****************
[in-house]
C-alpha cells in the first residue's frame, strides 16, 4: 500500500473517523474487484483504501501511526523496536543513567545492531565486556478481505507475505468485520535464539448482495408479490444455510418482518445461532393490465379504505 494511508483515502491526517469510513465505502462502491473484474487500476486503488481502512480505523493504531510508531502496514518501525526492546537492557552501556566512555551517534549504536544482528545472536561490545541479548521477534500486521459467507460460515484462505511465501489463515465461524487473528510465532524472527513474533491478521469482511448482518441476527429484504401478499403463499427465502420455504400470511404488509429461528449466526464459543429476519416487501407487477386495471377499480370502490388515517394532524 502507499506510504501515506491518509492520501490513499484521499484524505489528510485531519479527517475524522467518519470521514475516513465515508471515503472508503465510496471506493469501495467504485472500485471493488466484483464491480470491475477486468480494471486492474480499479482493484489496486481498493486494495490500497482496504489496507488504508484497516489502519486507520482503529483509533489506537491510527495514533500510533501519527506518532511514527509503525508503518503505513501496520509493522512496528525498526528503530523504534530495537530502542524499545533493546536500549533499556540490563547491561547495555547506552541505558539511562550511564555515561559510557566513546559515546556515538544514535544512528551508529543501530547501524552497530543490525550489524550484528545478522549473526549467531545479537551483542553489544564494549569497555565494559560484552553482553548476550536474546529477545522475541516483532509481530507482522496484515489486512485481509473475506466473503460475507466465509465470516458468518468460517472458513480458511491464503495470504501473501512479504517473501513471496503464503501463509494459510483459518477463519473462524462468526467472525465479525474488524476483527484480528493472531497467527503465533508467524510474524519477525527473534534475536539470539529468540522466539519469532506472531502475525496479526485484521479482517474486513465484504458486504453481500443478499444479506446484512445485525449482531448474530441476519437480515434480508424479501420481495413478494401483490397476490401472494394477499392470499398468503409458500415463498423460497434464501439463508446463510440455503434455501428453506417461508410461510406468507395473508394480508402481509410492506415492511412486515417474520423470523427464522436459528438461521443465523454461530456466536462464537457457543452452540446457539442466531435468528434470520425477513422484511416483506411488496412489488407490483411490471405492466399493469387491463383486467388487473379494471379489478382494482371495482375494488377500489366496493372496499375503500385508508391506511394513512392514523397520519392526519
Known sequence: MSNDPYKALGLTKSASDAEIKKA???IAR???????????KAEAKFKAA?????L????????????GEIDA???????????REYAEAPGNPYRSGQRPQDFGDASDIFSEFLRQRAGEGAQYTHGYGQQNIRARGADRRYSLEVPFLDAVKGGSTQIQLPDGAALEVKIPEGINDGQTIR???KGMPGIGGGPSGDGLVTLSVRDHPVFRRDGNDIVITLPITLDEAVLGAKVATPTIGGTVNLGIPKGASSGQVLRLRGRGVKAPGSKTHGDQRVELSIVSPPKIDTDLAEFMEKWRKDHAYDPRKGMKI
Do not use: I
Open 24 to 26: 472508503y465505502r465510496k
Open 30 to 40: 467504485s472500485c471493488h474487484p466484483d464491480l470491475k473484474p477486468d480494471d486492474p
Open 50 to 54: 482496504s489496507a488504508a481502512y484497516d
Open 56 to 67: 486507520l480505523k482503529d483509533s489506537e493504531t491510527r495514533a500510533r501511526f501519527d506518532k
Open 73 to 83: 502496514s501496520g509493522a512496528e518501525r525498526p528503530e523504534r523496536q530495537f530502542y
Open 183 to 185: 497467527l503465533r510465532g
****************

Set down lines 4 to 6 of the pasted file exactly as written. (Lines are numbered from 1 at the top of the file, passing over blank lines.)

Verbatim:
Do not use: I
Open 24 to 26: 472508503y465505502r465510496k
Open 30 to 40: 467504485s472500485c471493488h474487484p466484483d464491480l470491475k473484474p477486468d480494471d486492474p